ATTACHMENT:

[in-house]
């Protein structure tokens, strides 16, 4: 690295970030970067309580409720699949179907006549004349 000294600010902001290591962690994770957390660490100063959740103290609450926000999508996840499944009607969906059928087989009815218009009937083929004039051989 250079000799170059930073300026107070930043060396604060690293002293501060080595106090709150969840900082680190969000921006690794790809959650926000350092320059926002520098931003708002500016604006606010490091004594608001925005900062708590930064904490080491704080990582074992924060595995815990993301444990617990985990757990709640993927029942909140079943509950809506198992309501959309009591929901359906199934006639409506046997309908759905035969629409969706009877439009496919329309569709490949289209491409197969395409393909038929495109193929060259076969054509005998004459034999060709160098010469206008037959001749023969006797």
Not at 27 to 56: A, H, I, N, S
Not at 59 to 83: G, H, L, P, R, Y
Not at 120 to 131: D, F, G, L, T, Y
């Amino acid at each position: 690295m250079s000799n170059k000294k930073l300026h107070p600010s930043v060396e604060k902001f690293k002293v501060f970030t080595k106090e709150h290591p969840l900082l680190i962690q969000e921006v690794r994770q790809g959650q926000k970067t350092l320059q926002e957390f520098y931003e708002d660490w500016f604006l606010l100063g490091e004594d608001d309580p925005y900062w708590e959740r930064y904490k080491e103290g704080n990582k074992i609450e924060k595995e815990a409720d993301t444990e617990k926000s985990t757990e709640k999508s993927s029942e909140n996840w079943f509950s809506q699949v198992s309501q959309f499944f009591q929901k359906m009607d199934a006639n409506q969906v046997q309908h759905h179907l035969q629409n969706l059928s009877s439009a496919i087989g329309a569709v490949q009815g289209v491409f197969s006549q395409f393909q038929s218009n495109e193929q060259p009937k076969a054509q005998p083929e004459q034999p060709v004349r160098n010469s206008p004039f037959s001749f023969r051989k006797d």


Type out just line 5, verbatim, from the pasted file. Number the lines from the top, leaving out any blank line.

Not at 120 to 131: D, F, G, L, T, Y